Economic Distress and Populism: Examining the Role of Identity Threat and Feelings of Social Exclusion

Publié le 8 juin 2022 Mis à jour le 29 juin 2022

Political psychology

Authors : Efisio Manunta (CLLE), Maja Becker (CLLE), Matthew J. Easterbrook, Vivian L. Vignoles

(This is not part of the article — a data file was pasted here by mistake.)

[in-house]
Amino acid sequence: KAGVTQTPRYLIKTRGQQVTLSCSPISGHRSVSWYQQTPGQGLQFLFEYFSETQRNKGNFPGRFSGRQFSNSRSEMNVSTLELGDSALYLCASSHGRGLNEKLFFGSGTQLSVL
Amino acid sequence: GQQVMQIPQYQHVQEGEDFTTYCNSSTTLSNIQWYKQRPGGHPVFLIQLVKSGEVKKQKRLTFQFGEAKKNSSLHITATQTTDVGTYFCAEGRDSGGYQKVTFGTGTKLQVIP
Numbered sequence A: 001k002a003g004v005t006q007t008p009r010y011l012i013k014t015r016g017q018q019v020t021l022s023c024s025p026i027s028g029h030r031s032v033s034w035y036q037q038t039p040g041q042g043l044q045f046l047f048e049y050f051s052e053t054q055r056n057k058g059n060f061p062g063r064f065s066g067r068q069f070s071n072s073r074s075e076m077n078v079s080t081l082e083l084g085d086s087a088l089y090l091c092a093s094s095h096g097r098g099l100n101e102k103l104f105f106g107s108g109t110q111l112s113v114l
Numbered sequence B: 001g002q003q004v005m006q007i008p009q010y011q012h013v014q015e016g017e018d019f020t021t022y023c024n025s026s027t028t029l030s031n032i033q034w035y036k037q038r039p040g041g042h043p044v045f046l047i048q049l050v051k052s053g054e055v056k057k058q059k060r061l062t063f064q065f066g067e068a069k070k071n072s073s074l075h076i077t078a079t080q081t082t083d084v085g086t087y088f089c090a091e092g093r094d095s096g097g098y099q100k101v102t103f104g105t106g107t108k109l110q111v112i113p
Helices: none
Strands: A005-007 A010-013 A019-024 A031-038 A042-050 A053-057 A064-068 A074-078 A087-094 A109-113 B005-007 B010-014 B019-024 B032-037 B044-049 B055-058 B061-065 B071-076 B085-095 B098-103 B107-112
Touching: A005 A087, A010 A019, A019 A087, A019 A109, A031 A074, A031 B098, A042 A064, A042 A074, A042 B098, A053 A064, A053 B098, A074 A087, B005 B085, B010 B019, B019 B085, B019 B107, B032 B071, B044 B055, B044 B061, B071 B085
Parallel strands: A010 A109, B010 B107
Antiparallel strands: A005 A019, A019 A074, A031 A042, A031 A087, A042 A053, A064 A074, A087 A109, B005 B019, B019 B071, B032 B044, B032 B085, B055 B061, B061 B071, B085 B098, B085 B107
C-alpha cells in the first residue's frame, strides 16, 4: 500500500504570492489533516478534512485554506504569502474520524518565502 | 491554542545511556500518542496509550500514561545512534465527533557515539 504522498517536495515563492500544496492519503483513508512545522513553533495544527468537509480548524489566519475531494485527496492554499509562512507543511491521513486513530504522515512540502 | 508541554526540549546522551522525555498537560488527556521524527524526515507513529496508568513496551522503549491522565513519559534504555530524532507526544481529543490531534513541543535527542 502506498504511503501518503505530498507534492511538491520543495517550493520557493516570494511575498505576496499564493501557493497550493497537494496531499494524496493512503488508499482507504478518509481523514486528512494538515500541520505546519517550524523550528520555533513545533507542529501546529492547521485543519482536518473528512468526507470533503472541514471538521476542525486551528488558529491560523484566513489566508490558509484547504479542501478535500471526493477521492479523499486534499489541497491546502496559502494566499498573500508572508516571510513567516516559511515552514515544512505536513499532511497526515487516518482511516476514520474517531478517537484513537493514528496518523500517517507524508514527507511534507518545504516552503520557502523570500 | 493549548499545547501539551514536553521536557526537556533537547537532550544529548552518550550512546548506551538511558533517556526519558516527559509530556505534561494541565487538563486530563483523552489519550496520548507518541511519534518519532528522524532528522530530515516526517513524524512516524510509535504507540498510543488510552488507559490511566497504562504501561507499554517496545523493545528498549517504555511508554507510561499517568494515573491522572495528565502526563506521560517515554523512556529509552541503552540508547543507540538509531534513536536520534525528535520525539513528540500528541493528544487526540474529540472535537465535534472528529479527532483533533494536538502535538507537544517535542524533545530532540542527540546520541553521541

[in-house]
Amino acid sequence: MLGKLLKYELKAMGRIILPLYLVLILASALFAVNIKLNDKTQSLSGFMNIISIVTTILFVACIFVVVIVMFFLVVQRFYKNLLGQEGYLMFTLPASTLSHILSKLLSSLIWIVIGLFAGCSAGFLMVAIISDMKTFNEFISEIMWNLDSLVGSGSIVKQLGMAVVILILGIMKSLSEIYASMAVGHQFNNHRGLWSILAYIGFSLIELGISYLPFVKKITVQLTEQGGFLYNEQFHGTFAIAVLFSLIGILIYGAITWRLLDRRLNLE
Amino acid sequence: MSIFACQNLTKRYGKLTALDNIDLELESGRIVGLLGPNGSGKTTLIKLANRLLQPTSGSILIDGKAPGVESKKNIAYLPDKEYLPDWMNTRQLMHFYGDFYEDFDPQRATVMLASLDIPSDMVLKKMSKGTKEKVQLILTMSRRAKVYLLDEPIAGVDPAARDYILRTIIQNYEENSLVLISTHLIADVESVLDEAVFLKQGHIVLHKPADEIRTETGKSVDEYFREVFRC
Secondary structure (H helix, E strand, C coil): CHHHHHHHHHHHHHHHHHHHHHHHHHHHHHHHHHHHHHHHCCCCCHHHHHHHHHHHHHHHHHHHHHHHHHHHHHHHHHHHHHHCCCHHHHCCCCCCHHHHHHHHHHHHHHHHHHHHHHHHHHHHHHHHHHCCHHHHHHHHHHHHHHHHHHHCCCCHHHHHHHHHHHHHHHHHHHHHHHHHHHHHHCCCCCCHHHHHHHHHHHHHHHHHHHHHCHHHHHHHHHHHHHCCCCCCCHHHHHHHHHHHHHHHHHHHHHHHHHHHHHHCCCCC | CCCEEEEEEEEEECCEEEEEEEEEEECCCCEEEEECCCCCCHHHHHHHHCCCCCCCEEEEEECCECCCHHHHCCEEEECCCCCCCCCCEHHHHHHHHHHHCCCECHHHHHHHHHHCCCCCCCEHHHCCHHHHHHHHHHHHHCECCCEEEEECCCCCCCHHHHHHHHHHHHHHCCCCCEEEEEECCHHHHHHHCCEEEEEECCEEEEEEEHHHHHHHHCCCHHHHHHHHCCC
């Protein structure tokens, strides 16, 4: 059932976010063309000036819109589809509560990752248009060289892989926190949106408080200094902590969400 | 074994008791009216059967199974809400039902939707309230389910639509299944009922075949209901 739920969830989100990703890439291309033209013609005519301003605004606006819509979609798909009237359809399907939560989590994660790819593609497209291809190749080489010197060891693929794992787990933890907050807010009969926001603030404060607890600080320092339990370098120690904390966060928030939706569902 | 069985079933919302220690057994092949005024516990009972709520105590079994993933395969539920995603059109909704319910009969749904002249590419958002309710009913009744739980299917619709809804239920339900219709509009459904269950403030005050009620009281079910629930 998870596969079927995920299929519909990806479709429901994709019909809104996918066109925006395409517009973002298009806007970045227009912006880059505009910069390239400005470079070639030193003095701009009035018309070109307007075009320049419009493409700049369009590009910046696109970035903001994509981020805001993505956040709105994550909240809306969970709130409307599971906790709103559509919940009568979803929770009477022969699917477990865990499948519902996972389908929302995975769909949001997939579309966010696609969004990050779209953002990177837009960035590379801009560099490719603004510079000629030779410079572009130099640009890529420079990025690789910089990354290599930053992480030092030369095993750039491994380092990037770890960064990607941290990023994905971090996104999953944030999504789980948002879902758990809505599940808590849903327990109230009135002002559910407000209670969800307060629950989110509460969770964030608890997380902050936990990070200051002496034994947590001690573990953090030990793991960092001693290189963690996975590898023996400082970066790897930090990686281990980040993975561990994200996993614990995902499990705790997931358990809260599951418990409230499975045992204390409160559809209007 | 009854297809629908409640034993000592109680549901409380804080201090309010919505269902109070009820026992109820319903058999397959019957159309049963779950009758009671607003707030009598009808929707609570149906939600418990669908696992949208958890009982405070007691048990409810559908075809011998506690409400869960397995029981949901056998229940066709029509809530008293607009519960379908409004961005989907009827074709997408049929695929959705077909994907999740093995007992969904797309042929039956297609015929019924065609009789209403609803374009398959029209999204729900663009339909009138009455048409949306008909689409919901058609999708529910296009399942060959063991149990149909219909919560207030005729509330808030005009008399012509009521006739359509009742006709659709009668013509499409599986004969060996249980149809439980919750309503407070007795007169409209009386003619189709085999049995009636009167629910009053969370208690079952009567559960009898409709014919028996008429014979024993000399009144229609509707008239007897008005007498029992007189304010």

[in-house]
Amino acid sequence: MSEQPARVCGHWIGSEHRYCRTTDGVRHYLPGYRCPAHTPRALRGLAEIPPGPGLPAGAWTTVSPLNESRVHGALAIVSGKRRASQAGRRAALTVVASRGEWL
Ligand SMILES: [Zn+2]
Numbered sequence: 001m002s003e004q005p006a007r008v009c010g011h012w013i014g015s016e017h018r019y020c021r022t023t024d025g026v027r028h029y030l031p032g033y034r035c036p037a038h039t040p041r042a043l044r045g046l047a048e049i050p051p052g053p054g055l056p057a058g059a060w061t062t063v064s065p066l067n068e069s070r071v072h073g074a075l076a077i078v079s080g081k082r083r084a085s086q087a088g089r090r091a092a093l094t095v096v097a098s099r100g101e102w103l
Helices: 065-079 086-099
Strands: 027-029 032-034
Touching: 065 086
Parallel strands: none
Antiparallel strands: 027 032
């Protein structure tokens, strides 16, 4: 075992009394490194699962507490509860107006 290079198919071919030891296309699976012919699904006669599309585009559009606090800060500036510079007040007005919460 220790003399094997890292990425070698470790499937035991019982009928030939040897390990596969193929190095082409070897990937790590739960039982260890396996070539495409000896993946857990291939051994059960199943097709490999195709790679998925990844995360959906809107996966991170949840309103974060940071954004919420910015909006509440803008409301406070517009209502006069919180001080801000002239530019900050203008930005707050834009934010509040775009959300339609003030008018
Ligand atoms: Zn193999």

Populism has been a major political phenomenon in liberal democracies throughout the last decade. Focusing on economic distress as one of the basic triggers of populism, we proposed a model integrating individual-level indices of economic distress and status-based identity threat (i.e., frustration of identity motives) as predictors of populism. We conducted two survey studies operationalizing populism as an individual-level thin ideology among members of the general French population (Study 1: N = 458; Study 2: N = 1,050). Structural equation models supported status-based identity threat as a partial mediator in the links between indices of relative deprivation and populism (Study 1). Additional analyses revealed frustrated belonging (i.e., feelings of social exclusion) as the central identity motive in this pattern. Reproducing the same model with belonging frustration instead of global-identity motive frustration gave similar results (Studies 1 and 2). These findings provide the first evidence implicating identity threat—and belonging threat in particular—in the development of populist thin ideology and showed how identity motives are related to the economic distress pattern that predicts populism.

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